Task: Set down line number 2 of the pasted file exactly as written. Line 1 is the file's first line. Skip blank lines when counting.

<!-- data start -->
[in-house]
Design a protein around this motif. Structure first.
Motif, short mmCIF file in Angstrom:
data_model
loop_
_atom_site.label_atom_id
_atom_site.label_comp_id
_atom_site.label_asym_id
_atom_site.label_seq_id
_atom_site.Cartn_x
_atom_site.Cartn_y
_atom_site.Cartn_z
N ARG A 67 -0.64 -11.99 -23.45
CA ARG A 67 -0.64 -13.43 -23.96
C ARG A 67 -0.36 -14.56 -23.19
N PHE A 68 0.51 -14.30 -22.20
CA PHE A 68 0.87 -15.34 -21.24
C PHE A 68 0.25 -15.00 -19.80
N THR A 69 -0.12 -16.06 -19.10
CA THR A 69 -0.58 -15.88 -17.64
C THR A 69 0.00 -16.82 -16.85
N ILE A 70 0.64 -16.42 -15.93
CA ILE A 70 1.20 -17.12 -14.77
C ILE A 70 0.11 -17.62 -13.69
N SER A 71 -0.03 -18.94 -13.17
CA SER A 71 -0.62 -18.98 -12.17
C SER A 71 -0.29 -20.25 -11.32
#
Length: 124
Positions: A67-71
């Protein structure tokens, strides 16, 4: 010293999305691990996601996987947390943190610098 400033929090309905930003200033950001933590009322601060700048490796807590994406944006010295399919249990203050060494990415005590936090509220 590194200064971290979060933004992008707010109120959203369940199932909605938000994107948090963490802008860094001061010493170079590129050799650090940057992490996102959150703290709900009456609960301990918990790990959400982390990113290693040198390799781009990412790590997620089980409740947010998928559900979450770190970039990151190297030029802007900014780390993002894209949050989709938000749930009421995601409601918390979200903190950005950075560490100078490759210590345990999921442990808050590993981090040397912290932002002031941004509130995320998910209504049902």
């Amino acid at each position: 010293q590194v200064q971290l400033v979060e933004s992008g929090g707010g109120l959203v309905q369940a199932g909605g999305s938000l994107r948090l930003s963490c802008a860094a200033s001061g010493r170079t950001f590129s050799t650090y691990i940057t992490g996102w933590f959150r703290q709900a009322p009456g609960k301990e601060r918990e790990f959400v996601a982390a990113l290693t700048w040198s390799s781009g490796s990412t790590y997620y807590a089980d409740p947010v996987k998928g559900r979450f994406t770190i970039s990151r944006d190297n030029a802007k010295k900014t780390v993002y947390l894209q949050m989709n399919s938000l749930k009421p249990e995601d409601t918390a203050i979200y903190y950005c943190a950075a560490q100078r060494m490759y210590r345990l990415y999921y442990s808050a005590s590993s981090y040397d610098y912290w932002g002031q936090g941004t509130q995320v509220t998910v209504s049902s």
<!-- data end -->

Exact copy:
Design a protein around this motif. Structure first.